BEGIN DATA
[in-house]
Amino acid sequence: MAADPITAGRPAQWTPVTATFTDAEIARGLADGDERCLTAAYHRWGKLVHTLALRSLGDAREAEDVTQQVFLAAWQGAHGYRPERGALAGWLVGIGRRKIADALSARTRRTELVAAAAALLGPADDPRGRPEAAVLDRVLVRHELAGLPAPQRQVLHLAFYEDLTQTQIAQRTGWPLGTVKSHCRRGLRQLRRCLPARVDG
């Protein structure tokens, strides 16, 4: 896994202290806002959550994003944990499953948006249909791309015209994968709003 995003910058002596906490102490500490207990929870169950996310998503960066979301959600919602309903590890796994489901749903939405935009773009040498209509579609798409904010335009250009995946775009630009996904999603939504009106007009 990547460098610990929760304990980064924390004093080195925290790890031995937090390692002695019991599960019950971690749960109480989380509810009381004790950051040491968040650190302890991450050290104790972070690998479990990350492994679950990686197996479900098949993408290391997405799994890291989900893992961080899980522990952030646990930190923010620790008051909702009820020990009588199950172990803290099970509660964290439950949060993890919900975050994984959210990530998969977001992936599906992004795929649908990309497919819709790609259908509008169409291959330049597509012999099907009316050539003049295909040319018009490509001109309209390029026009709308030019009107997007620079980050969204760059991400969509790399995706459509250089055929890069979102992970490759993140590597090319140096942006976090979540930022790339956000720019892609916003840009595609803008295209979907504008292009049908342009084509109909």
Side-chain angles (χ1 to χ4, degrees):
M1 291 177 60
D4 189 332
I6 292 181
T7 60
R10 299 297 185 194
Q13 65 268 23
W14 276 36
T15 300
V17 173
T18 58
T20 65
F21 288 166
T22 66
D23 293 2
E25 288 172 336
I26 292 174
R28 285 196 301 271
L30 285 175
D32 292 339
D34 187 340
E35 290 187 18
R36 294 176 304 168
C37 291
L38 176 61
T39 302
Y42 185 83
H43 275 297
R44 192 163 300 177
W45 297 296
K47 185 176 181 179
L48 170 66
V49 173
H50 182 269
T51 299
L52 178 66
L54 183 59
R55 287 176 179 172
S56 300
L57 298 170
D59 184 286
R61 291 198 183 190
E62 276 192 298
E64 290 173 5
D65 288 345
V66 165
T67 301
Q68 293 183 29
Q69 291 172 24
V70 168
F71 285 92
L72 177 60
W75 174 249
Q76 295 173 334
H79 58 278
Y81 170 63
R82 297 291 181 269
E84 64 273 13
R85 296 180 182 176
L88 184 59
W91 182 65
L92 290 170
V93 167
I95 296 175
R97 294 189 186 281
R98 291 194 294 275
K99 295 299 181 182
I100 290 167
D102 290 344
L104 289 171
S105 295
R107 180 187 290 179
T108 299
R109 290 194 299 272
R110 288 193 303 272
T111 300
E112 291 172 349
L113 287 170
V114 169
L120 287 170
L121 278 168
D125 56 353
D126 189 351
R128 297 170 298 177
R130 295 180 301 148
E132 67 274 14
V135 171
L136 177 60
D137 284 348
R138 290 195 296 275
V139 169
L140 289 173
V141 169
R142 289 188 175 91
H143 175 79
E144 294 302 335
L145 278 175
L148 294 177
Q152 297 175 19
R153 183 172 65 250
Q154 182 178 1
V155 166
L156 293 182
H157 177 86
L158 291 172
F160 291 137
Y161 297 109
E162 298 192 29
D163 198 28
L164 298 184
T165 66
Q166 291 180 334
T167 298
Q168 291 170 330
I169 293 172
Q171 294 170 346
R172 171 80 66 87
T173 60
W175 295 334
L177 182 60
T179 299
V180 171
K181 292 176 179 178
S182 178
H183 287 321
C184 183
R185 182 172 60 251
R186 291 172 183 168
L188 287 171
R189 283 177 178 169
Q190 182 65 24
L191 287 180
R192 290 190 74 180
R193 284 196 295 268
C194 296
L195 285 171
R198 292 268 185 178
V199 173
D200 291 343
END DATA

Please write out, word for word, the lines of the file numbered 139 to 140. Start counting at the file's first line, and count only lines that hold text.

L195 285 171
R198 292 268 185 178